Intriguing review of early impact of California's Prop 47 reducing offense seriousness
Though marijuana reform is the national criminal justice reform story most significantly driven by voter initiatives, voters in California the last two major election cycles have been enacting significant sentencing reforms through the initiative process. In 2012, voters approved Proposition 36 to revise the state's tough Three Strikes Law; last year, voters passed Proposition 47 to reduced various crimes from felonies to misdemeanors. These developments provide yet another reason to view California as the most interesting and dynamic of all states in the history of modern sentencing reform.
The Los Angeles Times now has this lengthy new article detailing some early impacts of Prop 47. The piece is headlined "Prop. 47 brings a shift to longer time spent behind bars," and here are excerpts:
For decades, Los Angeles County jail inmates divided their sentences by five, 10 or 20 to calculate the time they would actually spend behind bars. Because of overcrowding, they left after completing as little as 5% of their sentences.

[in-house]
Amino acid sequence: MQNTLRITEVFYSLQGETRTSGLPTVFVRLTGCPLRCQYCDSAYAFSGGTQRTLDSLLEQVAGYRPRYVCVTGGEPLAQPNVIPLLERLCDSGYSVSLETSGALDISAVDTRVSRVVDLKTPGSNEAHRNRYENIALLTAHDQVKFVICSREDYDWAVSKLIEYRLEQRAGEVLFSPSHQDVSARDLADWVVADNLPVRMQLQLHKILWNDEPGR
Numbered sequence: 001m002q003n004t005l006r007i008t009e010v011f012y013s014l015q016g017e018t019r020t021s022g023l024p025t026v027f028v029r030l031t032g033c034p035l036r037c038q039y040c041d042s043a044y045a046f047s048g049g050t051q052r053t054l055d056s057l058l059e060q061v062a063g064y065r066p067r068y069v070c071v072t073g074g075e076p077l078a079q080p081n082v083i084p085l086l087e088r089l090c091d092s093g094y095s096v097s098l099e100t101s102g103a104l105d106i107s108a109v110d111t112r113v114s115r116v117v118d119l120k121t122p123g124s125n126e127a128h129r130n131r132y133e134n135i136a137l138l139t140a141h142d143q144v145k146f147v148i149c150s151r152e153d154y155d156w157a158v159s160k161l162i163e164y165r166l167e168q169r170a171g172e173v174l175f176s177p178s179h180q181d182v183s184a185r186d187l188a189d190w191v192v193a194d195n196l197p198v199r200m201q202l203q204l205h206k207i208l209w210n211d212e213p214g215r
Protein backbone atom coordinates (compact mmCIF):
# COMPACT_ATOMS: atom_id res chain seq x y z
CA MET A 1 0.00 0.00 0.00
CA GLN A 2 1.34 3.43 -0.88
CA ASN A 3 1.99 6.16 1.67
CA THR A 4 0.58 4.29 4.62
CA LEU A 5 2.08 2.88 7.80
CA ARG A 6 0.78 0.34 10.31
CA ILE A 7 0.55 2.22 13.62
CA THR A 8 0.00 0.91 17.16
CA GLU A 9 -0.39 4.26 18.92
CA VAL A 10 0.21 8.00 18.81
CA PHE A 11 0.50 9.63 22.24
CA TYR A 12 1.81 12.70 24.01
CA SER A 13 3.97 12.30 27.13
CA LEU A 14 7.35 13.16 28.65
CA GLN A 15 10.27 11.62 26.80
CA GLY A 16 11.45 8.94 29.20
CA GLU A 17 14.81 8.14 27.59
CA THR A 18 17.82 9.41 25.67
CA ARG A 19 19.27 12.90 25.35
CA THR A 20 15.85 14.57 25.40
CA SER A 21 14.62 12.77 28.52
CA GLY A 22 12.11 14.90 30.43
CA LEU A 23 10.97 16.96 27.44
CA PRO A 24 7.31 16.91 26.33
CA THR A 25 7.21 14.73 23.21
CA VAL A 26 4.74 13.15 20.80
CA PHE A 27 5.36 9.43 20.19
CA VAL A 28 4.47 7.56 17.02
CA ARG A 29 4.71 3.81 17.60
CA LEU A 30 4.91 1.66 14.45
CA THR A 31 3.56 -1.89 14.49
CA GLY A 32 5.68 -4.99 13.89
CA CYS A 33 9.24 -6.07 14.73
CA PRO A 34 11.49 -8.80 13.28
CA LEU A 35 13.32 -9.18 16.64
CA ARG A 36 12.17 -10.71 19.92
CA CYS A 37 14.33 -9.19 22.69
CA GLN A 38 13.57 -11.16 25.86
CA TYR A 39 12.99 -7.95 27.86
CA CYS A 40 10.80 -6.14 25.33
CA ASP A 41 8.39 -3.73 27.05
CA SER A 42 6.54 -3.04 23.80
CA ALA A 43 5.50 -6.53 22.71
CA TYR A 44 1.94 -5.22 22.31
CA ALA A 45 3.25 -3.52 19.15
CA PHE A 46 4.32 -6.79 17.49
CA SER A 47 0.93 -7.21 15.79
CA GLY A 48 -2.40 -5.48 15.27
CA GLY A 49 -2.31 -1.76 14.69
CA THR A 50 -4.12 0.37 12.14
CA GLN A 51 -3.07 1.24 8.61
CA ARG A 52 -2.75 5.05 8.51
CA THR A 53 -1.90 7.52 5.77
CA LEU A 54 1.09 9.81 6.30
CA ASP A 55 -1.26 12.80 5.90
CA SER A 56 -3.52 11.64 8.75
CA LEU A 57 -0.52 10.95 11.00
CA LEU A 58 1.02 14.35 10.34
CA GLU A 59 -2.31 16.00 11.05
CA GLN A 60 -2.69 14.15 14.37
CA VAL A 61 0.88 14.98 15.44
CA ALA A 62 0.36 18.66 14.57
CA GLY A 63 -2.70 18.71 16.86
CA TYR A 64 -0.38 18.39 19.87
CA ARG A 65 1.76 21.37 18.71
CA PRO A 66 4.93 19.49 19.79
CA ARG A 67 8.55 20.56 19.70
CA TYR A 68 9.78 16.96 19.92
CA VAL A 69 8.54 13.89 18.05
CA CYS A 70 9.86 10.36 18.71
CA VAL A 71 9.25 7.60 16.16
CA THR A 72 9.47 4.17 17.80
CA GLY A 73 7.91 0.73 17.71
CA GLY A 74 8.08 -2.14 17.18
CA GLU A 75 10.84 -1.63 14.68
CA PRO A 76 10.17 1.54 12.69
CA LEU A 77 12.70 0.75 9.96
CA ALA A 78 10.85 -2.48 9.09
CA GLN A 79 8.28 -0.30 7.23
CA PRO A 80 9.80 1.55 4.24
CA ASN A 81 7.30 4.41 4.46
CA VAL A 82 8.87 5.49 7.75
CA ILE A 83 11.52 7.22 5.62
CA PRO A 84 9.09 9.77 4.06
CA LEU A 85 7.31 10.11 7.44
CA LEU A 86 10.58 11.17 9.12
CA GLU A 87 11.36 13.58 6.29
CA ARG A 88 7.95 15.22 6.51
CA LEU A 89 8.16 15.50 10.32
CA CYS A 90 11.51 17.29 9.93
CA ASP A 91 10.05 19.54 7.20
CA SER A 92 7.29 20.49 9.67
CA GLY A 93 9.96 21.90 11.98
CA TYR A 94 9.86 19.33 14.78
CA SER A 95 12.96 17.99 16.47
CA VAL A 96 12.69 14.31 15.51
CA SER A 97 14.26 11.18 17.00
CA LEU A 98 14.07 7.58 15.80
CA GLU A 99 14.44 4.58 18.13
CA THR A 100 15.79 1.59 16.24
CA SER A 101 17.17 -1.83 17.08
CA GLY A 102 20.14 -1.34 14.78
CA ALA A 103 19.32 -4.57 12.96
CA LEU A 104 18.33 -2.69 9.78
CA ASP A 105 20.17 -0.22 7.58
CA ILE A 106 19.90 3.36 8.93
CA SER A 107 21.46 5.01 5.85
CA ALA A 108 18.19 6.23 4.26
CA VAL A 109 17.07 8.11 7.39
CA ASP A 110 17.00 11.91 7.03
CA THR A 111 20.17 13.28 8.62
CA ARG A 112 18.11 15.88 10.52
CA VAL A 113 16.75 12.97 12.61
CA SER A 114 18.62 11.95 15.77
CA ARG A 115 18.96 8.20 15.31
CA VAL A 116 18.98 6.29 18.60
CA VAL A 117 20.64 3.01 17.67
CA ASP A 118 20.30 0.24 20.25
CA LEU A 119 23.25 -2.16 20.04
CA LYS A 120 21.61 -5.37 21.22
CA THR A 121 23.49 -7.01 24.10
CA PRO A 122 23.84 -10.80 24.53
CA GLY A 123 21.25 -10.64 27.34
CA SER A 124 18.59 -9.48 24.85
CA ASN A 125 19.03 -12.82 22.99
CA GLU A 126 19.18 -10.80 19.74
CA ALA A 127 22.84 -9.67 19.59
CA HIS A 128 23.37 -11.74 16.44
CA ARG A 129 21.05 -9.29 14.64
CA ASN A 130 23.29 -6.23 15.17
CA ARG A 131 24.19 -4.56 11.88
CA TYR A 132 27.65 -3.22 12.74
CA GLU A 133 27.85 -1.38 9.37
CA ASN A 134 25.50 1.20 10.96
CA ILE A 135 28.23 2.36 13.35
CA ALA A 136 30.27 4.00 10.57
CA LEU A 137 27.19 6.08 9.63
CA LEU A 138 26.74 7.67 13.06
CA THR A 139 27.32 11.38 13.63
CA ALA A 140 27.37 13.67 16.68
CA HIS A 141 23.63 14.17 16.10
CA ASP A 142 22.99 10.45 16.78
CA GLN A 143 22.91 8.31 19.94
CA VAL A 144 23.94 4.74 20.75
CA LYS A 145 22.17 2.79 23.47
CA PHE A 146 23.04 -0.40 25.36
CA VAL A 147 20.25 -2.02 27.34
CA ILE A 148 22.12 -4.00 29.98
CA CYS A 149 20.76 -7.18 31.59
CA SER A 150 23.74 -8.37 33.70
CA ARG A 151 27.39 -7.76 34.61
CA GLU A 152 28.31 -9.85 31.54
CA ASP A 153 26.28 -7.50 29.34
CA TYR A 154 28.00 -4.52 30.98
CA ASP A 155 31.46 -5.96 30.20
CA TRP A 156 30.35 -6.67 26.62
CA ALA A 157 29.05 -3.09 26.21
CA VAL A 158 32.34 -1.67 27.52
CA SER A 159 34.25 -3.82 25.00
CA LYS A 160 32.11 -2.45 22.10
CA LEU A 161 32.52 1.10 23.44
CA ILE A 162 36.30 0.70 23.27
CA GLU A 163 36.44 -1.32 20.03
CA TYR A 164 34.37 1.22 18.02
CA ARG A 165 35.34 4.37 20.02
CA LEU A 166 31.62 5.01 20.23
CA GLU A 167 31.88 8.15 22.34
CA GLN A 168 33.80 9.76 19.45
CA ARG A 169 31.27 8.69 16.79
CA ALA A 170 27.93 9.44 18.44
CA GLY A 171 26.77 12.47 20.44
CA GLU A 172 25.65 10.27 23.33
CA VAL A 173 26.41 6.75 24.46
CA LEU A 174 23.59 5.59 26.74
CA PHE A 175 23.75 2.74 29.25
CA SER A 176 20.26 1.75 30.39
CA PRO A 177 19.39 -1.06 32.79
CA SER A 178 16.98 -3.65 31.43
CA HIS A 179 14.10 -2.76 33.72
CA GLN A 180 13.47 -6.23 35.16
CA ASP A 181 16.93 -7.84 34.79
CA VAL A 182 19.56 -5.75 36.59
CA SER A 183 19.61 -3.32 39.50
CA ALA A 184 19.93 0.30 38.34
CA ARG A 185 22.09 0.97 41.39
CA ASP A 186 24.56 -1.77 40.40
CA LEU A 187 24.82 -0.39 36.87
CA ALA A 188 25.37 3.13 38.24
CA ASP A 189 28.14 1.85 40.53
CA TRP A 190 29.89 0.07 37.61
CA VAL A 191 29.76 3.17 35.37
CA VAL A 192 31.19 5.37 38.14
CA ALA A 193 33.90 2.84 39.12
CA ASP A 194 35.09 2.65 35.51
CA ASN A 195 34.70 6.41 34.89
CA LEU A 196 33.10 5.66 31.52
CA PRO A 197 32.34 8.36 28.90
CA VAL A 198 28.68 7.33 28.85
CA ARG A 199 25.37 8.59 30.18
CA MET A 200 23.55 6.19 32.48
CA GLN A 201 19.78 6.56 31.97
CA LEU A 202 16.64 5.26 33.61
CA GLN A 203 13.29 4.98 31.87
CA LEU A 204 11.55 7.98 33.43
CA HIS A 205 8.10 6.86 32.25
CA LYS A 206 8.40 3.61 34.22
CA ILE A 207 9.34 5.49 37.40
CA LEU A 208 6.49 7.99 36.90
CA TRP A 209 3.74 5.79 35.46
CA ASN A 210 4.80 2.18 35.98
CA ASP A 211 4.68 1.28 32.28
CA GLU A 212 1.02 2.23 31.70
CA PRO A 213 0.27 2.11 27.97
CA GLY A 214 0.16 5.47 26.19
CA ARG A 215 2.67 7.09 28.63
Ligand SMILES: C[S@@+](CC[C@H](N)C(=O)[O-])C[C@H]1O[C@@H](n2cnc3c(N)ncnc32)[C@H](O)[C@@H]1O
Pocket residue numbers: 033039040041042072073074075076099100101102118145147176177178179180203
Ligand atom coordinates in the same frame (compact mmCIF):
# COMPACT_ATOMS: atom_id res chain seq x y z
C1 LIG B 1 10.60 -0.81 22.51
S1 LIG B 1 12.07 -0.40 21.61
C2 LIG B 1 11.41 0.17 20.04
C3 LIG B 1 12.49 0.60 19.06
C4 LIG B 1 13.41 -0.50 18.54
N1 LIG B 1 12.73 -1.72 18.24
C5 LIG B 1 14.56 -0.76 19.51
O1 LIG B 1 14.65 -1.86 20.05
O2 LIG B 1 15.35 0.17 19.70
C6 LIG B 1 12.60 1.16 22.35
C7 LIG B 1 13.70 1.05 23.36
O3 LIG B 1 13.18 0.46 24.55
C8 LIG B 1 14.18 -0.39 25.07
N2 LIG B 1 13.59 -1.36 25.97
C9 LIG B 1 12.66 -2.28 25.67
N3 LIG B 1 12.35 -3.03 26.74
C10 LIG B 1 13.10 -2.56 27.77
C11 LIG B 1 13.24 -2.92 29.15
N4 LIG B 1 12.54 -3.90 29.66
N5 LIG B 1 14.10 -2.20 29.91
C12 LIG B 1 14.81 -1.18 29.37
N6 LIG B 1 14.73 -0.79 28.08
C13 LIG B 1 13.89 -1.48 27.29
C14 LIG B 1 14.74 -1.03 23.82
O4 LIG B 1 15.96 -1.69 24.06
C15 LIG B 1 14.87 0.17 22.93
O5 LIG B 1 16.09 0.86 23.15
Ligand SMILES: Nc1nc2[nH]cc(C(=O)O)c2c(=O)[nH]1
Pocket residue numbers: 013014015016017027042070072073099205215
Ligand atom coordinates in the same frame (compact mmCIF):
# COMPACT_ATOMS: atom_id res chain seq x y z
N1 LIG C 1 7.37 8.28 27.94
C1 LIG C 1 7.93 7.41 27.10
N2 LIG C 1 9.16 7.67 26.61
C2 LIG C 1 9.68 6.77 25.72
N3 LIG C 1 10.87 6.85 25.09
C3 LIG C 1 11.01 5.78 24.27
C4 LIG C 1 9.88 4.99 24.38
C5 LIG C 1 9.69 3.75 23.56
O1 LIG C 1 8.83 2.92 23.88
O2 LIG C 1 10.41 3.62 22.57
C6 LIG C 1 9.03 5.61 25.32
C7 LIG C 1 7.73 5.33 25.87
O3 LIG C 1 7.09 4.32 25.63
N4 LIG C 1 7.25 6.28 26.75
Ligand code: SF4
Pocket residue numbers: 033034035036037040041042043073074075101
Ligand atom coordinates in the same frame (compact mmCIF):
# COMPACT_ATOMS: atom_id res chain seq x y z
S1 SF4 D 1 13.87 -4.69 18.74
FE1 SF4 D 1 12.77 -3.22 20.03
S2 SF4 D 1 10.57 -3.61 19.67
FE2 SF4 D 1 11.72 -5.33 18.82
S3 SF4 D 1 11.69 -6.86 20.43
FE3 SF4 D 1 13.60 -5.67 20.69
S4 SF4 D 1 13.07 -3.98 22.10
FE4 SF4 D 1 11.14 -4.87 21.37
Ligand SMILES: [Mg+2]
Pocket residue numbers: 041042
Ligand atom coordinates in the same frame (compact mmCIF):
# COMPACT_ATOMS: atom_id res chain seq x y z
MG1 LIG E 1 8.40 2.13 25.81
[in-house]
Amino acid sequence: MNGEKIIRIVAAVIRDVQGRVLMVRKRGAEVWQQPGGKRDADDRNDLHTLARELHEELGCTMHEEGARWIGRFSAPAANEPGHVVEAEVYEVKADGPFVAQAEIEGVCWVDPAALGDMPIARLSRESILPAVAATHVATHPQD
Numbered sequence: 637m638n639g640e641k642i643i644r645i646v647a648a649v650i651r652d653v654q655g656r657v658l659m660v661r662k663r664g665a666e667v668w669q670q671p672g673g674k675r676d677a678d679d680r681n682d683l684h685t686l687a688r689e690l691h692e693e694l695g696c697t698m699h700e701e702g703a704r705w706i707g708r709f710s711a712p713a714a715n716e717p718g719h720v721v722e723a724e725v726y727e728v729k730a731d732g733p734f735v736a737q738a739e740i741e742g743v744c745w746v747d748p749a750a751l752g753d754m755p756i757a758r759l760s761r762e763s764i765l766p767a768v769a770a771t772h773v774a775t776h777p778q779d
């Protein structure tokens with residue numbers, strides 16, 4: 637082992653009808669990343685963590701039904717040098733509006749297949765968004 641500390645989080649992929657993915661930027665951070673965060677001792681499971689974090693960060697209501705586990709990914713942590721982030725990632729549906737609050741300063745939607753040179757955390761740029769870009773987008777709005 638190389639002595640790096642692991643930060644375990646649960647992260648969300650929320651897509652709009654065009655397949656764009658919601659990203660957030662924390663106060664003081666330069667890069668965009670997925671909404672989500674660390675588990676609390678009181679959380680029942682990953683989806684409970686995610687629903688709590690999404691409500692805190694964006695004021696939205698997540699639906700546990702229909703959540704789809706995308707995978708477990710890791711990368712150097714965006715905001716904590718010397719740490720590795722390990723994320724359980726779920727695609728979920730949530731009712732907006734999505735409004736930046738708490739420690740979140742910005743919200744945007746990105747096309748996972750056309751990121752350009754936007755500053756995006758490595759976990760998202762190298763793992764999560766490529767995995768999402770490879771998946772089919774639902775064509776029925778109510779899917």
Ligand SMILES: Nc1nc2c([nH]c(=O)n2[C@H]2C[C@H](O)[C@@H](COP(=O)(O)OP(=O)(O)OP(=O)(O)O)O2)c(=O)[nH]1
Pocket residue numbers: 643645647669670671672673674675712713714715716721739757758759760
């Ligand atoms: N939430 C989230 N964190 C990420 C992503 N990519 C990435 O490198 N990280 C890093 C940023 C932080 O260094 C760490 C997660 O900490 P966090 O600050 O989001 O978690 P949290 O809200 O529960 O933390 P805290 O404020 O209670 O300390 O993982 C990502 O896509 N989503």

Now, as Proposition 47 begins to reshape the California criminal justice system, they are serving much more of their time. The new law, passed by voters Nov. 4, reduced drug possession and other minor crimes from felonies to misdemeanors. The county jail population plummeted and sheriff's officials began increasing the time served for the remaining inmates to 90% or more.
Most of the affected inmates will end up serving only half of that, due to automatic credits prescribed by state law, but the change is still profound. Because of Proposition 47, others who would have landed in jail are not being arrested as street cops take a pass because of the low stakes. At the Los Angeles County Sheriff's Department, bookings are down by 23% and narcotics-related arrests are down 30%.
Other California counties are also seeing significant decreases in their jail populations as a result of the new law. In Los Angeles County, the altered landscape has led to renewed questions about how big the new Men's Central Jail should be, as well as concerns about whether those now being issued misdemeanor citations are missing out on drug treatment that could turn their lives around.